Definition: Off-line UPS, sometimes called standby ups is equipment that offers uninterruptible power supply immediately to the connected device through the battery when detects electric supply failure within the circuit. An offline ups offers the most basic type of power protection to the appliances.
Basically, in offline ups, ac power to the load is directly supplied from an ac source in normal condition. However, in case of a power outage, the inverter is used to supply ac power to the load through the battery which acts as a backup.
Before dealing with a detailed idea of offline ups let us have an overview on-
What is UPS?
UPS stands for Uninterruptible Power Supply and is used as a means to provide power to the electrical or electronics equipment whenever the condition of power outage occurs. It is given the name uninterruptible supply because it makes sure that the power should be continuously provided to the load even after the supply failure.
It is to be noted here that the use of UPS is not always associated with complete power failure. This is so because a ups comes to rescue a circuit operation even when the electricity supply falls to an inadequate voltage level. The backup power which a ups provide to the load equipment depends on its size and the technology with which it is built.
UPS serves as major equipment of IT industries as they require a continuous power supply for their operation and to protect the loss of data. These industries may include chemical power plants, medical systems, safety monitoring systems, data center units, etc. where constant power supply is necessary. Thus, ups acts as a boon to such systems.
Introduction to Off-line UPS
We have mentioned at the beginning itself that offline ups are the ones that offer one of the basic levels of power protection to the equipment. From one of the basic levels, we mean that this type of ups shows suitability towards small and non-critical loads. In such loads, protection is needed against momentary power loss or surges, like to prevent data loss of personal computers when electric supply disrupts.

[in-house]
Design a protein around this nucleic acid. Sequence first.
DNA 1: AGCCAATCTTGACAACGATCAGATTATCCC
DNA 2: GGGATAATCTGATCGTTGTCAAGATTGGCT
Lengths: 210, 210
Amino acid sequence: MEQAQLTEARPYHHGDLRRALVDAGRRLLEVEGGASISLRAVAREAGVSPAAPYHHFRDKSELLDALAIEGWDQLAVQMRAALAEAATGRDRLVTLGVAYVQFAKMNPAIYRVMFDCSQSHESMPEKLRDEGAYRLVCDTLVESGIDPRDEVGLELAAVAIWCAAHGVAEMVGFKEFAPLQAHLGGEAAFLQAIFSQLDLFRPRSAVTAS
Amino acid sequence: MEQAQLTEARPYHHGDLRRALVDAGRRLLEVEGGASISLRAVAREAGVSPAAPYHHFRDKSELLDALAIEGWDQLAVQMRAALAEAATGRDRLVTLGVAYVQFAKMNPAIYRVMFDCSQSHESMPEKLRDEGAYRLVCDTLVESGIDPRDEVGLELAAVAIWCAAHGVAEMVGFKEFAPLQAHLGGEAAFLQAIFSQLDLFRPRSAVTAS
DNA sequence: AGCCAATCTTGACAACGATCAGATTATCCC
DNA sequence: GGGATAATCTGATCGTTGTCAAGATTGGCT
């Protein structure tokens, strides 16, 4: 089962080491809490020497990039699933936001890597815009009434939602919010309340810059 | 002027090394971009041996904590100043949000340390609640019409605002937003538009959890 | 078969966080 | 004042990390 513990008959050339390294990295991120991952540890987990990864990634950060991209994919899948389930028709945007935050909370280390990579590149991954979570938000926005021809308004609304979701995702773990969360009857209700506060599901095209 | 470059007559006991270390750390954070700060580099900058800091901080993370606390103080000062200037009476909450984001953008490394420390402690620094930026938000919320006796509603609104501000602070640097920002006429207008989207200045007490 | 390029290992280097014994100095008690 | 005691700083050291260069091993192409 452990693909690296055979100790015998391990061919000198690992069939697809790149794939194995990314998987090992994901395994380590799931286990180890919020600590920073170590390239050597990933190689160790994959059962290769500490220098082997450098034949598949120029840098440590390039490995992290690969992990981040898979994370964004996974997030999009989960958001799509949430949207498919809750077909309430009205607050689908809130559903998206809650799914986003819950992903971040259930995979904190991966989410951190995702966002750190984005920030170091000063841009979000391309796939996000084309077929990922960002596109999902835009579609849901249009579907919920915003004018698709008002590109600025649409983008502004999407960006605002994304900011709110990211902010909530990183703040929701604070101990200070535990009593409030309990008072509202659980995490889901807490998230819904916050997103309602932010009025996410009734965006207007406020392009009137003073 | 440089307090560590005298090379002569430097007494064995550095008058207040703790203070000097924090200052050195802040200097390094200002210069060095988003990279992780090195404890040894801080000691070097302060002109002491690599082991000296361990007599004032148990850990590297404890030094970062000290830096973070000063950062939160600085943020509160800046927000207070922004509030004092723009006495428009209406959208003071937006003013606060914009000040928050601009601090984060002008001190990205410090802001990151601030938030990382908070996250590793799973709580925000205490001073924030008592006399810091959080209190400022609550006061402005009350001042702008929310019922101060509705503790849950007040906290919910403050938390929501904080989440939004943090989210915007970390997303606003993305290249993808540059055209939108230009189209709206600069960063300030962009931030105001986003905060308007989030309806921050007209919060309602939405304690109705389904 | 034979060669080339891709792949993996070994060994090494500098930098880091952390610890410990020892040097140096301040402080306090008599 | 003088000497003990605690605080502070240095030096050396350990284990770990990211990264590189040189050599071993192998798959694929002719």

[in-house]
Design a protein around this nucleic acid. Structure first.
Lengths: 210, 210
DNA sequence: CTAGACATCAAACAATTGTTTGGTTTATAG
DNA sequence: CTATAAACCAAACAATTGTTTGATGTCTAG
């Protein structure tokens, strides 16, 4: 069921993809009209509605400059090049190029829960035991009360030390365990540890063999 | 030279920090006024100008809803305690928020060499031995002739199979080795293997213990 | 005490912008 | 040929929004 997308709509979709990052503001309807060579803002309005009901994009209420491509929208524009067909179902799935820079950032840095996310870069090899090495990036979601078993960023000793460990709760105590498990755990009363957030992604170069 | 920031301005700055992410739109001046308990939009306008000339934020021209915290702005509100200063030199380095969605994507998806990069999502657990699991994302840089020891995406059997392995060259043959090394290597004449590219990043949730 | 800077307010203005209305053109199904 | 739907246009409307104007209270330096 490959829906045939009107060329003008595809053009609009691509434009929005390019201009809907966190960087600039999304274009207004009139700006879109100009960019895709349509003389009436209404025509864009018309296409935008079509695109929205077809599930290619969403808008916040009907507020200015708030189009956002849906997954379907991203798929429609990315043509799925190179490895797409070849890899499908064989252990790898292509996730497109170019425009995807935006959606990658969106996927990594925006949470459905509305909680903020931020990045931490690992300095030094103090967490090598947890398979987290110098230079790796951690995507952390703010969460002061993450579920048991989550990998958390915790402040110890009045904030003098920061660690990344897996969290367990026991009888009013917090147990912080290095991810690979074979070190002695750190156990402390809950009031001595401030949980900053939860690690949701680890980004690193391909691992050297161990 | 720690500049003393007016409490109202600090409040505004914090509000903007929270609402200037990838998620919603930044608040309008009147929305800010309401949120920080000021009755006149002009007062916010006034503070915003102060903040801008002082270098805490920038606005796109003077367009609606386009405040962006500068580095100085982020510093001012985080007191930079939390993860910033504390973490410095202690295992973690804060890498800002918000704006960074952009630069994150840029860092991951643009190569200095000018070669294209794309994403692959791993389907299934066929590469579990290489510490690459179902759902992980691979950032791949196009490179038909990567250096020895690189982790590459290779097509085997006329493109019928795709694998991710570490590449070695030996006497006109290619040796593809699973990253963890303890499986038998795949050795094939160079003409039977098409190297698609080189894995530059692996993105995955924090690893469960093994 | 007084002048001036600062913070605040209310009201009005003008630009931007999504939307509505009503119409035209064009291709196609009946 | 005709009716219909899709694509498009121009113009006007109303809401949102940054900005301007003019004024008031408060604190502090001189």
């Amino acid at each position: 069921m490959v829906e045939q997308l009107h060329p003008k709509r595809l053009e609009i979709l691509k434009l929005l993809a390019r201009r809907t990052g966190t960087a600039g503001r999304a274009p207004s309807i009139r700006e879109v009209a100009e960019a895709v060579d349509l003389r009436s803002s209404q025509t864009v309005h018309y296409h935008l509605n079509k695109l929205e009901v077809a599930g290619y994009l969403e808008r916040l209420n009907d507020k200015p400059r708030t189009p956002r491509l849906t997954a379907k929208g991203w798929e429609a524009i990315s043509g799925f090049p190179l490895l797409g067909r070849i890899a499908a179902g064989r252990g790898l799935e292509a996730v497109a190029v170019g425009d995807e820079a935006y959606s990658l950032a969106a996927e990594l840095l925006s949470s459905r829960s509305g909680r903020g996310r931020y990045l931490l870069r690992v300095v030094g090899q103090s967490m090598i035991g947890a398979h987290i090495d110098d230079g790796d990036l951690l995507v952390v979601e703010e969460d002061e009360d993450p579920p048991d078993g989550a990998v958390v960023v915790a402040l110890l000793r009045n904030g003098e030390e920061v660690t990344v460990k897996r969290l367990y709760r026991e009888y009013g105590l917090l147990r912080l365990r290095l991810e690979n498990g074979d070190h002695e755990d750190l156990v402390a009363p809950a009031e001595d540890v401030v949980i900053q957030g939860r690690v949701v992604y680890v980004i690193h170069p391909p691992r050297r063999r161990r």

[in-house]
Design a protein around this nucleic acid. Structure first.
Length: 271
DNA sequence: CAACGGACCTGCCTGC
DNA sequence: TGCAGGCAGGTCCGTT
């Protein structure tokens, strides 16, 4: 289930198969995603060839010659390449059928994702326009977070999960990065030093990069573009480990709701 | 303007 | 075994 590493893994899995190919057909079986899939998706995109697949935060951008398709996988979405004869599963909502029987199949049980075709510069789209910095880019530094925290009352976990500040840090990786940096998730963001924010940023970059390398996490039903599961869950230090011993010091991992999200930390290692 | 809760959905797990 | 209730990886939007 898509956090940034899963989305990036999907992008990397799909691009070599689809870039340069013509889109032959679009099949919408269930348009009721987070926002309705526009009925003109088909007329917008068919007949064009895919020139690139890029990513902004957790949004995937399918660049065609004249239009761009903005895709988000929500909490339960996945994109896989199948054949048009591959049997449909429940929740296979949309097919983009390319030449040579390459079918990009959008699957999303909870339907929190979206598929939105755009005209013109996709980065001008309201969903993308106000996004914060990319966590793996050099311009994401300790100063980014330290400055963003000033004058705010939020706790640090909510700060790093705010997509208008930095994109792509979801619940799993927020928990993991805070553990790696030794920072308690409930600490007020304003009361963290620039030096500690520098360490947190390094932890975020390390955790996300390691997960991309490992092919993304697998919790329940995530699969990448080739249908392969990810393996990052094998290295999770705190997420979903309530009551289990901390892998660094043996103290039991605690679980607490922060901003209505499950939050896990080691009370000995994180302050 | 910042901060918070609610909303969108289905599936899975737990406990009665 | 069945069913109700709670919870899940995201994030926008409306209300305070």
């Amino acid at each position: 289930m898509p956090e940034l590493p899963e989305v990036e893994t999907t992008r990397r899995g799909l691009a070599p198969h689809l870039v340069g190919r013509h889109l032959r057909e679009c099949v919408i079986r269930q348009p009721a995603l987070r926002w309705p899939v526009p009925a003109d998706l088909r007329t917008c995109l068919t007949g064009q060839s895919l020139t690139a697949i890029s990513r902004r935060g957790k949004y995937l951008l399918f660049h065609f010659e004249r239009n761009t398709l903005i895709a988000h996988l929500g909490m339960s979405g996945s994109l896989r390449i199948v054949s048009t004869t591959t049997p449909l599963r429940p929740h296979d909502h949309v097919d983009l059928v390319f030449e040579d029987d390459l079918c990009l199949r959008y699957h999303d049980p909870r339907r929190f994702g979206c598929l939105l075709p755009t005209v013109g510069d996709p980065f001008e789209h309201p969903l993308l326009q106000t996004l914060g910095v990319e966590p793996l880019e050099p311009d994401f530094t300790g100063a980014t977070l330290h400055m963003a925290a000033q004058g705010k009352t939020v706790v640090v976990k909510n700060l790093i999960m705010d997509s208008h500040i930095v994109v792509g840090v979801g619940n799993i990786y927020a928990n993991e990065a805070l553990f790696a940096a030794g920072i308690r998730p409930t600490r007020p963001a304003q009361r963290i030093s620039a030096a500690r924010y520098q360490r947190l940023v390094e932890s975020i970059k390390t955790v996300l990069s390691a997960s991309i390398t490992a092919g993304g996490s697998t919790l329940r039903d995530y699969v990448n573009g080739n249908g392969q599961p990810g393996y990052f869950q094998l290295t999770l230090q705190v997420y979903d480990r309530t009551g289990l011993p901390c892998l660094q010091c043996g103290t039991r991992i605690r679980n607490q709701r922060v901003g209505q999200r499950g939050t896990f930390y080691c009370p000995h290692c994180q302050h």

An offline ups permits a direct supply of input power to the load without inverter or rectifier circuitry, meanwhile charging the battery. But as soon as the power fails the inverter comes into action.
In the previous content, we have talked about on-line ups, which is considered as one of the best ways to deal with conditions related to low power level or complete power failure. In on-line ups we have seen that the load is subjected to drive the power from ac supply and when a power failure occurs then instantly the battery backup comes into action without any delay.
The reason behind this is that here the load is simultaneously connected to the power supply and battery backup with the help of two static switches (on and off adversely). In normal operating conditions, the critical load drives power from the source however, if a power failure occurs then immediately the battery will start serving the load, leading to offer uninterrupted services. This is so because this type of UPS offers zero switching time (transfer time).
An offline ups does not offer zero transfer time as the transfer time of such devices varies between 3 to 8 milliseconds. However, the popularly known value is 5 milliseconds. Due to this reason, these are used with small or non-critical loads that may handle this small amount of disruption.
Working of Off-line UPS